China’s Plan To Mine Bauxite Beneath Ghana’s Forests Criticized By Group Of 65 Civil Society Organizations

China’s Plan To Mine Bauxite Beneath Ghana’s Forests Criticized By Group Of 65 Civil Society Organizations

A group of over five dozen civil society organizations (CSOs) spoke out against plans by the People’s Republic of China to develop Ghana’s bauxite resources on the grounds of societal and environmental concerns.

The group of 65 CSOs, which include 37 Ghanaian groups, 11 from elsewhere in Africa, and 17 from other continents, stated their objections to the arrangement, which has Chinese Development Bank supporting Ghana’s bauxite development with US$10 billion in aid.

Per the group’s statement, the Chinese Development Bank’s agreement to the UN Global Compact and its membership of the United Nations Environment Programme’s (UNEP) Finance Initiative is on shaky ground by its participation in development of Ghana’s bauxite resources in the manner described.

The statement noted the positive nature of China Development Bank’s 2015 Sustainability Report, but tempered that fact by stating, “We are also aware that the China Development Bank is regulated by the China Banking Regulatory Commission and its mandatory ‘Green Credit Directive’, which obligates all China’s banks to ensure that, projects they finance abide by applicable laws and regulations on environmental protection, land, health and safety of the country or jurisdiction where the project is located, and consistent with international best practices and standards.”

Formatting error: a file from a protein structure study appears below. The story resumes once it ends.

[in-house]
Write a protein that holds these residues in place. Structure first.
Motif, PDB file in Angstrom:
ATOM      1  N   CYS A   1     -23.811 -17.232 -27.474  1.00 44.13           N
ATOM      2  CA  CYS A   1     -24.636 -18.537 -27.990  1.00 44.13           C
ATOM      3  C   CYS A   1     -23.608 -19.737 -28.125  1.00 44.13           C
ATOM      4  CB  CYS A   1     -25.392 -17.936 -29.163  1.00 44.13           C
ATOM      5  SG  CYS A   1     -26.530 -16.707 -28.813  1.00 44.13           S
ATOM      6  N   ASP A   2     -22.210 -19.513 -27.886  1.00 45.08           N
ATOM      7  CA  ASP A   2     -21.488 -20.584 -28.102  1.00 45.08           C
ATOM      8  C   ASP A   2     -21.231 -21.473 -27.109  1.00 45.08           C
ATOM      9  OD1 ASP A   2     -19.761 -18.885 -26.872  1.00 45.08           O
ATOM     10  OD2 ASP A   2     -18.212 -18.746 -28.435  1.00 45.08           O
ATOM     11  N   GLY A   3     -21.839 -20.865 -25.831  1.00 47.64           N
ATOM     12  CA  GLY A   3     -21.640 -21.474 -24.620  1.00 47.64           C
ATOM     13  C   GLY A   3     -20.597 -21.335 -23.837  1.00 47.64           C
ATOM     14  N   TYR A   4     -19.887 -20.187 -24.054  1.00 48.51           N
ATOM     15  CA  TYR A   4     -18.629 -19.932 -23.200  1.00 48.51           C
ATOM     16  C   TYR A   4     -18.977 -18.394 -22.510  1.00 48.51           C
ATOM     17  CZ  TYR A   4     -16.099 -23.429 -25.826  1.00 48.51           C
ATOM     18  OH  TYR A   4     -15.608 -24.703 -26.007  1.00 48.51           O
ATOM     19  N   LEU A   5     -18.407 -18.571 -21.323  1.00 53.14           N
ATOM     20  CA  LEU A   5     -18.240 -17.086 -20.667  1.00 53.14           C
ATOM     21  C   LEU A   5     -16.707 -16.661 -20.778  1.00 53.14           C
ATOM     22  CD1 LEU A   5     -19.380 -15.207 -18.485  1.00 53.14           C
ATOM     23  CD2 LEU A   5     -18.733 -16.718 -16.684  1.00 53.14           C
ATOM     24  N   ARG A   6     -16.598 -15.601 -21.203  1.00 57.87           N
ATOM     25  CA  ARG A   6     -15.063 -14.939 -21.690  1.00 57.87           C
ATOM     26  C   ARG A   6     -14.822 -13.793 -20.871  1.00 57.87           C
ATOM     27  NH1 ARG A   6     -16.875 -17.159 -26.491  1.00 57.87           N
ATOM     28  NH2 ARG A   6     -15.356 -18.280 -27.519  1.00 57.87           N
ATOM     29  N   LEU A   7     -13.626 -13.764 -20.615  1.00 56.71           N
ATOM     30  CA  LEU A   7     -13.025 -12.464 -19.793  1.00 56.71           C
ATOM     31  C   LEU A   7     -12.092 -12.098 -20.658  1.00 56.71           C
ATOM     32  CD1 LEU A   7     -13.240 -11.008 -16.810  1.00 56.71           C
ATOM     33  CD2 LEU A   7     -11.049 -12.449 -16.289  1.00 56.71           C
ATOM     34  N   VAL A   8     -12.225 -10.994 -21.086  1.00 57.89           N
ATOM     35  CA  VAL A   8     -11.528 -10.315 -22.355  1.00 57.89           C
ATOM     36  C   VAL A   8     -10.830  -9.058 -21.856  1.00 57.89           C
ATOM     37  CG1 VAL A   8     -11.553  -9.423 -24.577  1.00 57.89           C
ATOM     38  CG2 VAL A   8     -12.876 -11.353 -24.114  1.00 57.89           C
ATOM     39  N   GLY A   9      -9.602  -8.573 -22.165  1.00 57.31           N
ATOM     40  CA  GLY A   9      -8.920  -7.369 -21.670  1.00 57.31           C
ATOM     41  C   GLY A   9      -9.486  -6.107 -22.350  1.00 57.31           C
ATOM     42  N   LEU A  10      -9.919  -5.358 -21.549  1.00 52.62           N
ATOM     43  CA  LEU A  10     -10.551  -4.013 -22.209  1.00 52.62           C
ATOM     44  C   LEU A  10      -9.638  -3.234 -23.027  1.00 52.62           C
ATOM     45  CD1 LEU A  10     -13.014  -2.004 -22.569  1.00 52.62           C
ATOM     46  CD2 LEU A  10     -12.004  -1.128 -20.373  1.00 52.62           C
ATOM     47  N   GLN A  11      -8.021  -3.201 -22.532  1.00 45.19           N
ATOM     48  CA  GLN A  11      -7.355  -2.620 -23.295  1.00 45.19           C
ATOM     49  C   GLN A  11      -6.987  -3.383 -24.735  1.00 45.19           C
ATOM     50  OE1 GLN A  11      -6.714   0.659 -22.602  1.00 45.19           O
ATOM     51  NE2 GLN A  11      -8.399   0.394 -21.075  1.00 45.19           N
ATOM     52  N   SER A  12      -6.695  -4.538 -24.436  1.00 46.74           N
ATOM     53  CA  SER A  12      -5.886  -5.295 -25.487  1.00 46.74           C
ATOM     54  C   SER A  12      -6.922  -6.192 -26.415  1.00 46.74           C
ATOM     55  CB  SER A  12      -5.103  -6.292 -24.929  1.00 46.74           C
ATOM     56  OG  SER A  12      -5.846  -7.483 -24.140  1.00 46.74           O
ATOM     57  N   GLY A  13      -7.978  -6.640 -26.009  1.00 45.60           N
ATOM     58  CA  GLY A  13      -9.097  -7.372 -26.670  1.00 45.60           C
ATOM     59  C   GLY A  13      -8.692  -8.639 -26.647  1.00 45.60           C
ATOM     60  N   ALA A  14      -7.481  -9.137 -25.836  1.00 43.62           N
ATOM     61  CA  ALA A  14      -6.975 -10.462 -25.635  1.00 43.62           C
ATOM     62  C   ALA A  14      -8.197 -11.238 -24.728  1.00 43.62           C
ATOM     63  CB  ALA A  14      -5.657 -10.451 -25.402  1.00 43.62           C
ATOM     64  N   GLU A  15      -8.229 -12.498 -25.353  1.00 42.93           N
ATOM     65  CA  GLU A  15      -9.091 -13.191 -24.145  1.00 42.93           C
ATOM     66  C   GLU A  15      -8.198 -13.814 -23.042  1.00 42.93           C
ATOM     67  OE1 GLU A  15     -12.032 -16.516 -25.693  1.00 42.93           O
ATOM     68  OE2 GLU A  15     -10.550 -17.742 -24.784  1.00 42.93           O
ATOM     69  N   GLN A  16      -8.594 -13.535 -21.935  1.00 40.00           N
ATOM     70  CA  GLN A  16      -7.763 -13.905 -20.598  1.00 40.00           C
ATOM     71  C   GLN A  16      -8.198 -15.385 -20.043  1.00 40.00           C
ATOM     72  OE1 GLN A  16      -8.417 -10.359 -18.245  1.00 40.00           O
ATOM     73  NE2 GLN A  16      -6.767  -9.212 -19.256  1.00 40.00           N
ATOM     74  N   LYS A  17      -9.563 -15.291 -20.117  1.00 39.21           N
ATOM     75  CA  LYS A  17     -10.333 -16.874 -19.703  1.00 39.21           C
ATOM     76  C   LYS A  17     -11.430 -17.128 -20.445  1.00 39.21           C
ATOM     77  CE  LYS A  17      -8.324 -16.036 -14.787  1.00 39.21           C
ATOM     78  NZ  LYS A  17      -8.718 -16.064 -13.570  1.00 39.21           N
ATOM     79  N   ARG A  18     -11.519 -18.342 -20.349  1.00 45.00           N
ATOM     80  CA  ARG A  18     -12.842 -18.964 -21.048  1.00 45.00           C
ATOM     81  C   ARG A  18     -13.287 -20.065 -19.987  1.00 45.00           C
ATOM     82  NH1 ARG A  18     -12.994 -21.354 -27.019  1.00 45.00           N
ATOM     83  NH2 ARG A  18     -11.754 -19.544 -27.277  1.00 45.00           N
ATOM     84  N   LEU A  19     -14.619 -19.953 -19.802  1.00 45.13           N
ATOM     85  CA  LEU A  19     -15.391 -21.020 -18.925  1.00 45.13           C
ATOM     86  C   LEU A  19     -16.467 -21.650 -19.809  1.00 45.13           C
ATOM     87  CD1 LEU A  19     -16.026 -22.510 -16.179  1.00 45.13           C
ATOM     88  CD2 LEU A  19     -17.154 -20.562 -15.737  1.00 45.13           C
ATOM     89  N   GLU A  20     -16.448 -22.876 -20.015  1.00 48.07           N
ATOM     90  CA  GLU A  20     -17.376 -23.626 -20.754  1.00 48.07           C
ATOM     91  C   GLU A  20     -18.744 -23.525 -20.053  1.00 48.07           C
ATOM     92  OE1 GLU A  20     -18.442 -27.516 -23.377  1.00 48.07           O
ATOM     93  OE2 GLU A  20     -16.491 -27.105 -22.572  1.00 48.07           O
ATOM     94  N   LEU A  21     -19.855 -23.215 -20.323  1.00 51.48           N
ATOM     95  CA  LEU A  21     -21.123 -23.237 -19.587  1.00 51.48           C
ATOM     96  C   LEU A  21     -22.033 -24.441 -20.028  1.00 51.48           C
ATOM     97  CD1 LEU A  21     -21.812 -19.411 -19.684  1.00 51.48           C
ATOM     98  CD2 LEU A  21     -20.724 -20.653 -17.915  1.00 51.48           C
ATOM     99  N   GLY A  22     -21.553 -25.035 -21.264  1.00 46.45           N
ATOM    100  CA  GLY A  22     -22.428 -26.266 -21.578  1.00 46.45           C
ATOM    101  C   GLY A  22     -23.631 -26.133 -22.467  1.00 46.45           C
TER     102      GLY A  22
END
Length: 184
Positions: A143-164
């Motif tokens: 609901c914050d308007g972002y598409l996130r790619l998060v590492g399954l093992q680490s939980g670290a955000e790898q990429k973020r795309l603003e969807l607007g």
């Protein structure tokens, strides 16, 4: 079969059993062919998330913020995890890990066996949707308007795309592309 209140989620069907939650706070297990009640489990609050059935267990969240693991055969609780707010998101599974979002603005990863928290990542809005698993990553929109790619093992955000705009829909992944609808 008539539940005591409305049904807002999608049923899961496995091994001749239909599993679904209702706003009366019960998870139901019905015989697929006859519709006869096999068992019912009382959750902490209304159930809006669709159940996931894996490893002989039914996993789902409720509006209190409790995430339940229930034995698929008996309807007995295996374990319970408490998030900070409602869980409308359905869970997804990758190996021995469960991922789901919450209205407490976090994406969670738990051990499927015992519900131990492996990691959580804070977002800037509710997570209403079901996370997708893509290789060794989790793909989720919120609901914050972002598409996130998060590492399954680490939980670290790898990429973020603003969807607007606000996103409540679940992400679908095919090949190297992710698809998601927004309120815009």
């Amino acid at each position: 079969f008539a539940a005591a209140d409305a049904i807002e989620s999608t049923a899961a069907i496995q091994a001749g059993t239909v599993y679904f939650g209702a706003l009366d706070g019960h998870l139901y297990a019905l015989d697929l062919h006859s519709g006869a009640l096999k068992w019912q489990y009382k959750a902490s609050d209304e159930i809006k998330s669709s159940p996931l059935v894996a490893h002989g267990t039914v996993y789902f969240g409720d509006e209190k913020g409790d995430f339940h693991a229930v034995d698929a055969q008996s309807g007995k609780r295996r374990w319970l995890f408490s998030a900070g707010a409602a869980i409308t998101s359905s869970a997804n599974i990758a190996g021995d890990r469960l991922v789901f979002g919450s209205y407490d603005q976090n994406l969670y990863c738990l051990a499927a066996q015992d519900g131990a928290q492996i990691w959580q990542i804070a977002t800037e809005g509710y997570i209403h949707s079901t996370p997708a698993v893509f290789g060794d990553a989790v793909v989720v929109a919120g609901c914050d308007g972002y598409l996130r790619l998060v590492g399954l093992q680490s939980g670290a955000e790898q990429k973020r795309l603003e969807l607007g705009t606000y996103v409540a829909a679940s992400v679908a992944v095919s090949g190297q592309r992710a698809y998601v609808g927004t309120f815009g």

“It is therefore deeply worrying, that after all these good intentions by China, that country went ahead to sign an MoU for a project which poses possible health risks and threats for Ghanaians in general and the environment as a whole,” continued the statement.

The statement points out that the agreement specifies bauxite ore outcroppings beneath the Atewa and Tano Offin forest reserve. Both areas are unique in their significant level of biodiversity, which mining in the area may threaten, according to the statement.

“A cost-benefit analysis of alternative uses of the Atewa Forest found that conserving the forest intact and creating a National Park at Atewa with a supporting buffer zone would result in a cumulative value of US$11.57 billion over 30 years compared to the US$10.17 billion brought by mining and logging activities,” read the statement.